The Cubist Diamond House in the historic downtown of Prague houses BOMMA Atelier, a newly created hub for meetings of design professionals and aficionados that showcase all BOMMA lighting collections in one place. This unique urban apartment combines its original custom-made functionalist furniture with products of leading brands of international contemporary interior design, fostering a dialog about the possibilities of interior design as a field.
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Art Director & Founder of PalermoUno
Thanks to a particular instinct for scenography and furnishing, Sophie devotes herself with both taste and passion to interiors and settings. This includes the innate aesthetic expertise and intuition inherited from a family of antique dealers over five generations, the energy gained over the years in the world of advertising production. Since 2006, her passion for the world of vintage and design have been translated by Sophie as founder of PalermoUno.
BOMMA creative director & Founder of Monument Office
Václav Mlynář is part of a notable young wave of Czech designers. His work combines innovative technical solutions, as well as exploring materials and progressive design. Václav comes from an artistic family, so his personal desire for creative expression is unsurprising. After studies and years of work in the Czech Republic, Denmark and London, he co-founded the deFORM design studio and later a creative studio named MONUMENT Office. Aside from product design, his portfolio includes interiors for retail stores, exhibitions and other projects combining design with architecture. Since 2017, he’s served as BOMMA Creative Director. All lighting collections are produced under his supervision and he also designed several himself. As the key creative person in the BOMMA brand, he’s also involved in the BOMMA Atelier project.
Emil Králíček was among the most prolific Czech Cubist architects, born in 1877 in Havlíčkův Brod. Upon finishing his studies at an industrial construction school, he worked for architect Antonín Balšánek. In 1900 he left for Darmstadt, Germany, where he began collaborating with Joseph Maria Olbrich, the avant-garde Darmstadt Artists’ Colony founder. Here, Králíček became familiar with modern styles, particularly Art-Nouveau.
Between 1912 and 1913, he designed the most significant work of his career – the Diamond apartment building on the corner of Spálená and Lazarská Streets in Prague. Králíček redesigned the plans of Friedrich Ohmann, a Viennese architect of Historicisms and Art Nouveau, turning the classically-oriented Art Nouveau into the more innovative Cubist style.
Králíček created a sculpturally-dynamic building with many Cubist details on the façade, as well as in the interior. The house proudly features richly ridged volumes, sculptural decoration by Antonín Waigant, a Cubist portal and equally formed railings of the main stairwell, as well as unique pendant lighting. Another point of interest is the placement of the Baroque sculpture of John of Nepomuk, likely originally sculpted by Michal Jan Josef Brokoff in 1717.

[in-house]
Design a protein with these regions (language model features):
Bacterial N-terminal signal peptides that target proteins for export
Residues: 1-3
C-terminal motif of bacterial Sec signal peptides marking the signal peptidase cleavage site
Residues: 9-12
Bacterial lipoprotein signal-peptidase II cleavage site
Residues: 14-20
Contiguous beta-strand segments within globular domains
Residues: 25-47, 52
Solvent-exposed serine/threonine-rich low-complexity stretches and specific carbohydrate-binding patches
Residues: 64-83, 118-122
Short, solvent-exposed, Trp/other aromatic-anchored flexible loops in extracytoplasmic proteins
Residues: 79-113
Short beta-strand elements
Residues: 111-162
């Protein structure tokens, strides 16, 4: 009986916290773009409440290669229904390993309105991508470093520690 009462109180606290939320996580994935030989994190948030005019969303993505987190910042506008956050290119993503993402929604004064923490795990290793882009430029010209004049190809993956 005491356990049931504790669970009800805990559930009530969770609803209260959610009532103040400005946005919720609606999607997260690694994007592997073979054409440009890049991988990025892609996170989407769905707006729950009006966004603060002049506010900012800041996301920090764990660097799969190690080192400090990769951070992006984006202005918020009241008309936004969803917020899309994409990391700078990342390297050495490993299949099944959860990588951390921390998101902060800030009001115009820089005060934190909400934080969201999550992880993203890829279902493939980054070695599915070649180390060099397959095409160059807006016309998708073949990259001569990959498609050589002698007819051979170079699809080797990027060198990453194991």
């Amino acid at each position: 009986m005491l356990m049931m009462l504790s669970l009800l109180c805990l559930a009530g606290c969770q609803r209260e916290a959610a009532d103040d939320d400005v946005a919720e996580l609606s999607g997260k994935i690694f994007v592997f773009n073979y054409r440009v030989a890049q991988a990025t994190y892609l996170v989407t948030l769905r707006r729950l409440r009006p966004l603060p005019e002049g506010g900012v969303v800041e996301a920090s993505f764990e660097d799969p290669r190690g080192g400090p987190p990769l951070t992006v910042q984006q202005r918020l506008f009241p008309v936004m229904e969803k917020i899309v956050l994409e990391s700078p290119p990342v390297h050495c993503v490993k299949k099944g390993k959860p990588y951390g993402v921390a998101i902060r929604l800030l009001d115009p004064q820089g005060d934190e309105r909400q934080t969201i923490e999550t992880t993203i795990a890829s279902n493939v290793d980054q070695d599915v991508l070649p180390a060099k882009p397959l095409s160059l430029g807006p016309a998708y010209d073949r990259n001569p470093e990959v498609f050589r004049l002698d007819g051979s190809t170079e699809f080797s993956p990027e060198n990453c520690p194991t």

The owner of the Diamond House was none other than the guru of the Czechoslovak avant-garde, Adolf Hoffmeister. This versatile Czech artist focused on literature, visual arts and caricatures. He was a playwright, scenographer, writer, painter, diplomat, lawyer, university professor and traveler. He was one of the most vocal advocates and promoters of the modern Czechoslovak culture, including his outreach to the international scene. He met many key players of world culture throughout his life and represented Czechoslovakia at the UNESCO General Assembly.
During the 1930s, Hoffmeister had an extensive apartment designed and built for his family on the first floor of the building. This interior gem remains to this day in its original form, primarily defined by sophisticated built-in furniture and wood paneling. The author of the functionalist adaptation is likely the architect Jaroslav Frágner, one of the most significant exemplars of Czech Modernism in the first half of the 20th century
The architect created a perfect space for Hoffmeister’s intellectual and social life. The entire apartment is clad in wood, creating a compact architecture of bespoke furniture and an intricately-conceived spatial hierarchy. Many areas feature built-in storage spaces, particularly for books, of which Hoffmeister had many.
Included are a built-in sofa and small tables in the main living room, as well as a unique bar that can be opened with a sliding door on both sides, creating an ideal space for social gatherings. A few additional furniture pieces and accessories in the apartment were supposedly designed by the surrealist painter and designer Alois Wachsman.
BOMMA rented the apartment directly from the Hoffmeister family, intending to launch a unique project within this unusual space. Respecting its historically valuable interiors with built-in and bespoke furniture from the 1930s, BOMMA now showcases all its lighting collections under one roof, along with additional design pieces from international partners. Each element was personally curated by Sophie Wannenes, a Milan-based interior designer and design gallery owner, along with Václav Mlynář, BOMMA’s Creative Director.
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